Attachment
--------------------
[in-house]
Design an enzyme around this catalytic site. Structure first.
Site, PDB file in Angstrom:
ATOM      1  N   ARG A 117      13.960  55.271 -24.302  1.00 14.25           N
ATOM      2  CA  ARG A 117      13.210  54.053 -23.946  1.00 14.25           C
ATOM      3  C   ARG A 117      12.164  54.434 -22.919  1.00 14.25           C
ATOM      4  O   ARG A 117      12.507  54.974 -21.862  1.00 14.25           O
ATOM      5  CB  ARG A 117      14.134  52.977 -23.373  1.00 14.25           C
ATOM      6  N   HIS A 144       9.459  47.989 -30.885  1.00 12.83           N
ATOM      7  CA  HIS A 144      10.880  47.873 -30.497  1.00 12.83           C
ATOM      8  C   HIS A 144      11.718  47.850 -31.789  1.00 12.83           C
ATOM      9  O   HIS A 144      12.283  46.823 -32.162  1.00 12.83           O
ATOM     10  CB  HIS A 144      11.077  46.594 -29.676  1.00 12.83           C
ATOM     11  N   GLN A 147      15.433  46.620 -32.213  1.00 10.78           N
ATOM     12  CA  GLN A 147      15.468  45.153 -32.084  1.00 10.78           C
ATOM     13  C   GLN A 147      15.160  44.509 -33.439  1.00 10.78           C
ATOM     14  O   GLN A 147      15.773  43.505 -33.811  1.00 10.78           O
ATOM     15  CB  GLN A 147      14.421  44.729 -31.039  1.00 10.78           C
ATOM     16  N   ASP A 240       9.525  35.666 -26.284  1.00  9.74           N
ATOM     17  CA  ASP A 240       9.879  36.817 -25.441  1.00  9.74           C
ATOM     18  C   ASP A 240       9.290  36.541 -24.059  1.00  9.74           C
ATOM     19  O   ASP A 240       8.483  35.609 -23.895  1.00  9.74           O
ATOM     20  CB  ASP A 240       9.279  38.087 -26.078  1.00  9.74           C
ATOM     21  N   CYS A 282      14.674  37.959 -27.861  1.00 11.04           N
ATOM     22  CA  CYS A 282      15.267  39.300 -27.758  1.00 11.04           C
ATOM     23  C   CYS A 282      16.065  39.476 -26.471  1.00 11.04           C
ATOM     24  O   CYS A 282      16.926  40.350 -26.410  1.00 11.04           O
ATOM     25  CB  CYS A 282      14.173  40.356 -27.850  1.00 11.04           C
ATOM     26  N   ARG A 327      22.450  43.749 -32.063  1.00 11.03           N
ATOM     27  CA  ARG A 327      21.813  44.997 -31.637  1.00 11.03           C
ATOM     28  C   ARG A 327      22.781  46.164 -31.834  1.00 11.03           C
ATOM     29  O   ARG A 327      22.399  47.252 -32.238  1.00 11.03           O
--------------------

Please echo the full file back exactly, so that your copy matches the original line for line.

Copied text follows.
[in-house]
Design an enzyme around this catalytic site. Structure first.
Site, PDB file in Angstrom:
ATOM      1  N   ARG A 117      13.960  55.271 -24.302  1.00 14.25           N
ATOM      2  CA  ARG A 117      13.210  54.053 -23.946  1.00 14.25           C
ATOM      3  C   ARG A 117      12.164  54.434 -22.919  1.00 14.25           C
ATOM      4  O   ARG A 117      12.507  54.974 -21.862  1.00 14.25           O
ATOM      5  CB  ARG A 117      14.134  52.977 -23.373  1.00 14.25           C
ATOM      6  N   HIS A 144       9.459  47.989 -30.885  1.00 12.83           N
ATOM      7  CA  HIS A 144      10.880  47.873 -30.497  1.00 12.83           C
ATOM      8  C   HIS A 144      11.718  47.850 -31.789  1.00 12.83           C
ATOM      9  O   HIS A 144      12.283  46.823 -32.162  1.00 12.83           O
ATOM     10  CB  HIS A 144      11.077  46.594 -29.676  1.00 12.83           C
ATOM     11  N   GLN A 147      15.433  46.620 -32.213  1.00 10.78           N
ATOM     12  CA  GLN A 147      15.468  45.153 -32.084  1.00 10.78           C
ATOM     13  C   GLN A 147      15.160  44.509 -33.439  1.00 10.78           C
ATOM     14  O   GLN A 147      15.773  43.505 -33.811  1.00 10.78           O
ATOM     15  CB  GLN A 147      14.421  44.729 -31.039  1.00 10.78           C
ATOM     16  N   ASP A 240       9.525  35.666 -26.284  1.00  9.74           N
ATOM     17  CA  ASP A 240       9.879  36.817 -25.441  1.00  9.74           C
ATOM     18  C   ASP A 240       9.290  36.541 -24.059  1.00  9.74           C
ATOM     19  O   ASP A 240       8.483  35.609 -23.895  1.00  9.74           O
ATOM     20  CB  ASP A 240       9.279  38.087 -26.078  1.00  9.74           C
ATOM     21  N   CYS A 282      14.674  37.959 -27.861  1.00 11.04           N
ATOM     22  CA  CYS A 282      15.267  39.300 -27.758  1.00 11.04           C
ATOM     23  C   CYS A 282      16.065  39.476 -26.471  1.00 11.04           C
ATOM     24  O   CYS A 282      16.926  40.350 -26.410  1.00 11.04           O
ATOM     25  CB  CYS A 282      14.173  40.356 -27.850  1.00 11.04           C
ATOM     26  N   ARG A 327      22.450  43.749 -32.063  1.00 11.03           N
ATOM     27  CA  ARG A 327      21.813  44.997 -31.637  1.00 11.03           C
ATOM     28  C   ARG A 327      22.781  46.164 -31.834  1.00 11.03           C
ATOM     29  O   ARG A 327      22.399  47.252 -32.238  1.00 11.03           O